One is that we are persistently making a particular error of shortsightedness, which leaves us all poorer over the long run. If we choose not to have a thing today, we can have it and also other stuff tomorrow. If we slightly discourage consumption of televisions and big cars today, and use the resources freed up by that action to increase our productive capacity, then tomorrow we can have the television and big car at a lower price or while also having something else. If we reduce consumption as a share of GDP and increase investment, then we experience an immediate decline in consumption. But if that investment leads to faster growth, then it won’t be long before the lower consumption share of a larger GDP amounts to substantially more Good Things for Consumers than would have been obtainable had we kept the higher consumption share and the slower growing economy.
Less consumption today, better medicines tomorrow. Less consumption today, more port capacity tomorrow. Less consumption today, more renewable energy tomorrow. Less consumption today, more chip-making capacity tomorrow. Hey, and then it turns out that we can sustain a 5% rate of growth without inflation rising to levels that induce panic at the Fed.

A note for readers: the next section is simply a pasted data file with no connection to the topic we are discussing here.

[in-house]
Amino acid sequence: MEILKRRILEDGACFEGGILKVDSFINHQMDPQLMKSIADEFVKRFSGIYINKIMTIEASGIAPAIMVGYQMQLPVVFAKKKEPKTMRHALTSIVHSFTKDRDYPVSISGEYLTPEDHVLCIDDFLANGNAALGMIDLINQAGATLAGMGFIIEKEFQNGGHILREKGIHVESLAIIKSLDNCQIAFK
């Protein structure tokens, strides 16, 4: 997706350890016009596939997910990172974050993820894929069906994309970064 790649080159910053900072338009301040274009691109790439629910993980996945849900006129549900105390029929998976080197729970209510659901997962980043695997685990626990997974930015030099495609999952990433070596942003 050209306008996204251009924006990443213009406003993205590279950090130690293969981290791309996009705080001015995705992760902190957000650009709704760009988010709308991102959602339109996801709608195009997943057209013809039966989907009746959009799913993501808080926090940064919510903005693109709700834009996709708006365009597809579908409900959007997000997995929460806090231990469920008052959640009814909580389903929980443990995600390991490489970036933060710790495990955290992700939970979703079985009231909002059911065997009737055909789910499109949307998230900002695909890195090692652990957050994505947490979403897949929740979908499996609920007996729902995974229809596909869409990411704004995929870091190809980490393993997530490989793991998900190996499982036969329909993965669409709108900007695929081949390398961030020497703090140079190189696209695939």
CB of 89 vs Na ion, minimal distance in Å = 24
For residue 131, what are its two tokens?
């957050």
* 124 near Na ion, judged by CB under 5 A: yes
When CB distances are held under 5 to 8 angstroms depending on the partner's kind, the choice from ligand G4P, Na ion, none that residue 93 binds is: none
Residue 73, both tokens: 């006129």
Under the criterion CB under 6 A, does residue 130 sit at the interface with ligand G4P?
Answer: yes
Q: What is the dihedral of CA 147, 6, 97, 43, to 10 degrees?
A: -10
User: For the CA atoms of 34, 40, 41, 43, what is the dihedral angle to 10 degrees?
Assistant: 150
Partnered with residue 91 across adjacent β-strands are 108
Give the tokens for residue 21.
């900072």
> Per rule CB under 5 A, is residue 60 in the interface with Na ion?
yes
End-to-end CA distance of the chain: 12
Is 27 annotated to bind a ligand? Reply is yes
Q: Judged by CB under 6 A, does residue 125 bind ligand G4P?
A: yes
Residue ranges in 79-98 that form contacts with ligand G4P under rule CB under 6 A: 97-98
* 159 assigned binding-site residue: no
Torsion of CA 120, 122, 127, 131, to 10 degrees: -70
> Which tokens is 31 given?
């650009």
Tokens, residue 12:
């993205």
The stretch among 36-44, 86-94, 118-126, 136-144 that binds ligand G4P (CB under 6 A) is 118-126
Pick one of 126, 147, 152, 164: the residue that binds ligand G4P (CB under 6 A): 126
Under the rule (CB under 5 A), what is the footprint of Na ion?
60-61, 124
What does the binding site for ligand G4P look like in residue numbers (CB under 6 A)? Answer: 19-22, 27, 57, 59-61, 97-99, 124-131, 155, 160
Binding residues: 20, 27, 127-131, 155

But there are other reasons for us to get comfortable reducing our consumption, through taxation if need be, like the need to deal with other constraints on economic activity. The higher the concentration of carbon dioxide in the atmosphere, for instance, the higher are global temperatures, and the greater the risk that climate change poses massive and potentially catastrophic human and economic costs. We might imagine, then, that there is some carbon budget, of uncertain size, that we have available to us, such that emissions beyond that budget entail unacceptable costs.
Today, most all of the economic activity in which we engage involves some emission of carbon, and so most all of the economic activity in which we engage uses up some of that available carbon budget. Carbon budget which is used up providing people who already have a lot of stuff with more goods and services cannot be used for other things: like construction of renewable energy capacity, or production of new electric vehicles, or investments in projects which protect cities against sea-level rise, and so on. There is also the awkward fact that much of the world remains relatively poor (and hundreds of millions of people remain very poor indeed). Carbon budget which is used to satisfy the consumption desires of those of us living on pretty good incomes in rich countries is carbon budget which cannot be used as part of the economic development of poor economies.